Business Expenses and Schedule C

Study Level:  Basic
Delivery Method:  Online self-study
Provider of Record: WebCE
Tax Year: 2017
Field of Study: Taxes
Prerequisite: None

Course Description

The Internal Revenue Service (IRS) reports that about 1 percent of small business returns are audited each year as part of its effort to close the “tax gap”—the difference between reported and actual income and expenses. The IRS has reported that the top five abusive transactions of 2011 included sham businesses (which reported large losses) and false or inflated business deductions. Based on this information, for the 2012 tax year field examiners were instructed to focus on small business flow-through entities, including sole proprietorships and single-member limited liability companies (SMLLC) that did not elect to be treated as a corporation.

In 2017, the IRS continues to include excessive claims for business credits as one of its "dirty dozen" scams that it focuses on.

In working with a small-business owner, a tax preparer must not only ask questions about expenses, but also understand the rules for deducting those expenses in order to prepare a return that is audit-proof. 

The purpose of this course is to provide a thorough review of business expenditures that may be deductible on Schedule C for the 2017 tax year and provide an understanding of how to reduce the filing of incorrect or fraudulent returns. The course begins with an overview of the business-expense sections on Schedule C and then moves to discuss the more complex topics in preparing a Schedule C.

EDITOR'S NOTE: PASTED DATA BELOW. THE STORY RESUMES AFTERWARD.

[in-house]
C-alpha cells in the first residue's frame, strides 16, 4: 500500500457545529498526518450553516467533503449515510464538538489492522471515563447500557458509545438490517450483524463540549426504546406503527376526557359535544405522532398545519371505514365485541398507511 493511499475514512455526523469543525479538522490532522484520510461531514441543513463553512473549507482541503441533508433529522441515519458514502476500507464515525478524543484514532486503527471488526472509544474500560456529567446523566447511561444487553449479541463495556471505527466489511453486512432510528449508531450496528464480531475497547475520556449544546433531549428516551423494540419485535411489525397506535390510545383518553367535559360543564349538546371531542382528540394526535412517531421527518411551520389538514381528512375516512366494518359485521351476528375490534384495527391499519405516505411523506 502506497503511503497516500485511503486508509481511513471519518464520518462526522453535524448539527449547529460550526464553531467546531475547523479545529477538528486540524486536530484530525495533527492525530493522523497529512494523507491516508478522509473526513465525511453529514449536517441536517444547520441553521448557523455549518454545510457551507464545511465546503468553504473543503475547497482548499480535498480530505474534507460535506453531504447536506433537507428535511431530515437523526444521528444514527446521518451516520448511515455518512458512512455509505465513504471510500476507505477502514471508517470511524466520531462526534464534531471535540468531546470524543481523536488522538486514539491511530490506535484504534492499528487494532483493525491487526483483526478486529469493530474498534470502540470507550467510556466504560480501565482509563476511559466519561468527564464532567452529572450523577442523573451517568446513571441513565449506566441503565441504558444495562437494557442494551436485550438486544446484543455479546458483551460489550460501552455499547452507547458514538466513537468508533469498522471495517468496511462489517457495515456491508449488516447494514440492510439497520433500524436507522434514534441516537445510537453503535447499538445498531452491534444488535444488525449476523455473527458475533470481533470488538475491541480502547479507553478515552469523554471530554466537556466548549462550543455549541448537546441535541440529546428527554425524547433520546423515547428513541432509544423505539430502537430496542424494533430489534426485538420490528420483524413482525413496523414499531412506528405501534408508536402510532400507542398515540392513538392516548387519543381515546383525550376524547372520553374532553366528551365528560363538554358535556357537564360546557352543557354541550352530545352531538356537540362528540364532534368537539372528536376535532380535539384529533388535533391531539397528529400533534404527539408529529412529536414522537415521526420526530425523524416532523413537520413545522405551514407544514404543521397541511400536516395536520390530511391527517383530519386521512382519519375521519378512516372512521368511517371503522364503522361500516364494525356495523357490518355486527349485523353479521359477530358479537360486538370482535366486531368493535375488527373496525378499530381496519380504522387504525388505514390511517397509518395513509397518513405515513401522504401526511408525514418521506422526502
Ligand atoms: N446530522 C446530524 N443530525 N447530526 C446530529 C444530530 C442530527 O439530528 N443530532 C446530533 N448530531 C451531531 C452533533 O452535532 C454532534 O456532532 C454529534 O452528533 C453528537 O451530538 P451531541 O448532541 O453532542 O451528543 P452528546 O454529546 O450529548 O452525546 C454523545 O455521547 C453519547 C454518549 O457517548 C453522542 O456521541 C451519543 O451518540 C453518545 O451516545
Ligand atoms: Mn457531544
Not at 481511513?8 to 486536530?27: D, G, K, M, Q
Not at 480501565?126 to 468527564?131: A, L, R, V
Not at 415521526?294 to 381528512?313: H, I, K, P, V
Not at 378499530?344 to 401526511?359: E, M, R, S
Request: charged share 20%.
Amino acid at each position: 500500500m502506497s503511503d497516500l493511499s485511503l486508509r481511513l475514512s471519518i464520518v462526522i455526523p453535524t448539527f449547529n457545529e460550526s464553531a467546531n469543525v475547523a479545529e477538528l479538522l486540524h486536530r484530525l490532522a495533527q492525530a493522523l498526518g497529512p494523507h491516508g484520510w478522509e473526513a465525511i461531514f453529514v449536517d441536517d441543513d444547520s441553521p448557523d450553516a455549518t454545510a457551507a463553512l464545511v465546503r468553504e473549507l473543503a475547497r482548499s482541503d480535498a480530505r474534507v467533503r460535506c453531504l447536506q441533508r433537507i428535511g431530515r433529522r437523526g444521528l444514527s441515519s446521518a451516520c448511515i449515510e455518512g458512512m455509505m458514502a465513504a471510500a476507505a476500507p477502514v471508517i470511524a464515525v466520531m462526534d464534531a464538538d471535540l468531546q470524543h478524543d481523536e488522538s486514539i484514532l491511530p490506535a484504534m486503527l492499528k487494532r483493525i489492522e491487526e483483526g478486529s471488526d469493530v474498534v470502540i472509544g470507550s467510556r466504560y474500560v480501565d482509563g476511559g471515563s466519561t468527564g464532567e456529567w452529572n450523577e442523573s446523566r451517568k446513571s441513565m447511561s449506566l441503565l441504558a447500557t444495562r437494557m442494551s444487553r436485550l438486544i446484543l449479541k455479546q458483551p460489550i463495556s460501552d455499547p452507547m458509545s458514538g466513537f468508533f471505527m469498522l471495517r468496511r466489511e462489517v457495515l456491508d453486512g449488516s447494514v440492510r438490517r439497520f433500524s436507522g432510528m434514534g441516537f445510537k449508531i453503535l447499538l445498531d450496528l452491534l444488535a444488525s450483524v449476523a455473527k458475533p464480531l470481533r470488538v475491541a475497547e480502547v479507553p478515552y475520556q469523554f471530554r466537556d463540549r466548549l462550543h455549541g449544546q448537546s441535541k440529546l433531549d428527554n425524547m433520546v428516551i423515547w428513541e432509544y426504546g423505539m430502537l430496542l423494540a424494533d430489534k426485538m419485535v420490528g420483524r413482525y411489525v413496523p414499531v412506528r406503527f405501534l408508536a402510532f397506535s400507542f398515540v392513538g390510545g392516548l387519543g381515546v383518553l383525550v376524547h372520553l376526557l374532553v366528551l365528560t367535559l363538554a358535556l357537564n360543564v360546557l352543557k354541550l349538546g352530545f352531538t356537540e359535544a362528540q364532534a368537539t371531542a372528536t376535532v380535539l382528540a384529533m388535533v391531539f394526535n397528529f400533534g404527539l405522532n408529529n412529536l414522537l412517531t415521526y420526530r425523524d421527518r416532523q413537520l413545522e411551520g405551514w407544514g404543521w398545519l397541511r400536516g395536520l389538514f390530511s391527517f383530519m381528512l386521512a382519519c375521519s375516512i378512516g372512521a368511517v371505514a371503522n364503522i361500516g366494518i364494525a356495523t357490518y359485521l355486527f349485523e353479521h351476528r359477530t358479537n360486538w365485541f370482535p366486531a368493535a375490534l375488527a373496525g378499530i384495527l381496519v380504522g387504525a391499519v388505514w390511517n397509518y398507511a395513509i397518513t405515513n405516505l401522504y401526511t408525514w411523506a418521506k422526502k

Learning Objectives:

After completing this course students will be able to:
  • identify the types of business expenses that are reported  in Parts II, IV and V of Schedule C
  • correctly apply the rules for determining the deductible amount when given examples of business-related expenses
  • determine whether a given taxpayer is eligible to claim a home office deduction, and correctly calculate the available deduction
  • correctly calculate the available deduction for given taxpayers for car, travel, meal and entertainment expenses
  • apply the appropriate rules to determine whether the IRS is likely to regard a given worker as an employee or an independent contractor
Last Revised: 11/2017
Find Courses Now